That lovely orb of yellow is a Coreopsis, with a happy critter deep in the middle of an examination. It looks like a honey bee- enough reason to rejoice if it is- but I’m not sure. It’s a delightful flower to see, bright and shiny in the morning sun. The petals look like duck feet.

Having a flower garden has been an amazing joy to me. The tiny little plot was here when we bought our house nearly six years ago. I mulch, water, add plants I enjoy and subtract the efforts of the existing plants to sow their seed everywhere,  and I’ve loved every moment of watching it each year as it always has something to show me, and teach me.

This is one recurring surprise in my garden- English Lavender.
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I planted an “Annual” Lavendar plant about three years ago, and every year since it has decided to return and assault my sense of smell with it’s fragrant blossoms and leaves. Just brushing my leg up against it releases it’s amazing odor and the tiny purple flowers last forever. It gently reminds me of the importance of perseverance and fortitude.

And talk about persevering!
22june 004I discovered this little Maple sapling early this Spring growing in the corner underneath our sunroom. This part of our house stands alone from the rest, and has an open area below it that we’ve walled off with a cedar wall. We use the area to store our firewood and miscellaneous equipment that is not in season, and this tiny seed took root and has grown stupendously surviving on what little morning sun it receives and the rain that sweeps into it’s corner. I am hoping it will grow strong enough for me to remove in late summer and plant somewhere in our yard. The presence of such potential for strength and quiet beauty makes me think that there is much more to the idea of  “Grow where you’re planted” than most of us ever consider.

And again, when all else seems to look bleak for one of my plants, nature has a way of surprising me.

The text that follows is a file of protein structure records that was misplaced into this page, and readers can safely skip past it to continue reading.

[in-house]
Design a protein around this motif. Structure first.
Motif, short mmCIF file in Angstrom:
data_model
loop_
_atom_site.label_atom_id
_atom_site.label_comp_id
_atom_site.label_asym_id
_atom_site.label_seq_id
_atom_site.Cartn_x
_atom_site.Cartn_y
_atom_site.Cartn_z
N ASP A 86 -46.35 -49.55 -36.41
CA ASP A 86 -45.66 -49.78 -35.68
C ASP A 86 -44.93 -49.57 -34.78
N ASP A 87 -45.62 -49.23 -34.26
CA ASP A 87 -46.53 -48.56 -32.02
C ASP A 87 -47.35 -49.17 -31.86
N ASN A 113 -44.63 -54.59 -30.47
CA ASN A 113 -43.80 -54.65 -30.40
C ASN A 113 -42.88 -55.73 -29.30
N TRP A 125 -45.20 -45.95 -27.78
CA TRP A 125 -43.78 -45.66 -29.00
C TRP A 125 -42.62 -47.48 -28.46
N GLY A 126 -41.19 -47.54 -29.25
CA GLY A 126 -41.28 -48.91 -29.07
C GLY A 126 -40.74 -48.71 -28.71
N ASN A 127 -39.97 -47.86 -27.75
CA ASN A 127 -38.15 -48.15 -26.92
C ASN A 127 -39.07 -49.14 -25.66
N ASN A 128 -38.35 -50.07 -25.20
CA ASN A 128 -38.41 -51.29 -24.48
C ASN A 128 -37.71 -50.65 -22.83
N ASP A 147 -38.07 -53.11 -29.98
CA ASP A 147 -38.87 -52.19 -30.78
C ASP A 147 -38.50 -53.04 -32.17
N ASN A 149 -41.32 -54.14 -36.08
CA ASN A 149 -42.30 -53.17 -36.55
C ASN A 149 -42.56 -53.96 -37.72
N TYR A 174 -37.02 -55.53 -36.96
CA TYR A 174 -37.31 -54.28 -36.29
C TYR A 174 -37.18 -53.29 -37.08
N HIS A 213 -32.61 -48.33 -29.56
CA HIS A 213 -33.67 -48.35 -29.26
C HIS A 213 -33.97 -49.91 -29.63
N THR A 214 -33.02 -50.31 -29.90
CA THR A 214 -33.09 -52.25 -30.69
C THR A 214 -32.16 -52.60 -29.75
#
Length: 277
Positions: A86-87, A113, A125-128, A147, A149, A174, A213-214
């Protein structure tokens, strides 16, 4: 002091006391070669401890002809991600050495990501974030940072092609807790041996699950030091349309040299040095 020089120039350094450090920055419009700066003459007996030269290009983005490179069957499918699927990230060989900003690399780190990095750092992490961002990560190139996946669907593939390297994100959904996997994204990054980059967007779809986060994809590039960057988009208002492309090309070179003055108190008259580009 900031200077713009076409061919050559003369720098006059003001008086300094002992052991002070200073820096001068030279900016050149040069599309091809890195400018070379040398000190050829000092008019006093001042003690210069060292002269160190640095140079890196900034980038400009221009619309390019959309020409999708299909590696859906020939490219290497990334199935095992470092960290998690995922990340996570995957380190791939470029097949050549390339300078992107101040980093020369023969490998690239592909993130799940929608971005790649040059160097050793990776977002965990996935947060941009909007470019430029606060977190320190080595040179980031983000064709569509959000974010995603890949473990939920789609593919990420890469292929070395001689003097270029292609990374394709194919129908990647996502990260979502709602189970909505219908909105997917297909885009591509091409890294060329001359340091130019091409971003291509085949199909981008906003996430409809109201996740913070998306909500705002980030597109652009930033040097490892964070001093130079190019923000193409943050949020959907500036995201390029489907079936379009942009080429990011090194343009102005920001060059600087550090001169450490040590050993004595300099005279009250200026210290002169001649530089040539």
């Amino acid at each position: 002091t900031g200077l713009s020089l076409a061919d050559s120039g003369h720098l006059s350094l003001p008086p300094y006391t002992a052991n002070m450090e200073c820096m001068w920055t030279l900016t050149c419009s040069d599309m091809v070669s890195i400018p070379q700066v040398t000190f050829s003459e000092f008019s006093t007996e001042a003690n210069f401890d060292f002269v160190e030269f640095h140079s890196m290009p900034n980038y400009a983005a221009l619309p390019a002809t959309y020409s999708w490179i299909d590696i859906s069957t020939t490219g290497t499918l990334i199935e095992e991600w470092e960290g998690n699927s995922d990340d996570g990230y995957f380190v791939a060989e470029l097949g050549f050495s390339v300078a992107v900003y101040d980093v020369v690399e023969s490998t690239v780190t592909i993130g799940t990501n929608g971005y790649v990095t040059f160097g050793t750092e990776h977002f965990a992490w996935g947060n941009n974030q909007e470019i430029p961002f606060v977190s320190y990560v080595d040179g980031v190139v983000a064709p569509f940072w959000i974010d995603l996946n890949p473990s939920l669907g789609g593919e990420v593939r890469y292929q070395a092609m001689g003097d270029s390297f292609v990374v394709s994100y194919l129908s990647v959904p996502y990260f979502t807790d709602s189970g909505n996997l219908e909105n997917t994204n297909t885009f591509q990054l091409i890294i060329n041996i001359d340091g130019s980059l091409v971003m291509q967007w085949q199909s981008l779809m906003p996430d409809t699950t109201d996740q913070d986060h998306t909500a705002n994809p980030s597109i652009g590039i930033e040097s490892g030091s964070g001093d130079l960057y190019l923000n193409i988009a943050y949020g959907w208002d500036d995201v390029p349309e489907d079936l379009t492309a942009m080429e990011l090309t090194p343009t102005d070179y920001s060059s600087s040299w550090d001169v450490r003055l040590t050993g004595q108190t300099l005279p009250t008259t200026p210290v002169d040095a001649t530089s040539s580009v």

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This is one of three Clematis vines that grow on the cedar wall surrounding the space under our sunroom. Clematis grow in several ways; one type grows and blooms on the old growth from previous years, and another will only grow from the roots.  This variety, called ‘Mrs George Jackman’ is one that grows solely from the roots, and in the early spring it burst from the earth as usual, and then I suddenly noticed that all the vine had died. The roots were still firm in the earth so I let it be, and instead allowed the enormous native Columbine to take over the spot. It was a happy day indeed that I spotted among the Columbine flowers several thick Clematis buds and was able to separate out a single stalk of the vine that had grown and survived.

The white blooms are enormous.
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And given its rough start this year, I don’t even mind that it hasn’t caught up in height with it’s cousins that grow alongside.
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Where there’s a will, there’s a way, right? Again, nature shows me that despite circumstances, it doesn’t mean we give up and quit trying. Sometimes it just requires patience, and the right amount of time to reach our potential.

And among all this is a lovely and adorable shaved cat, another source of joy.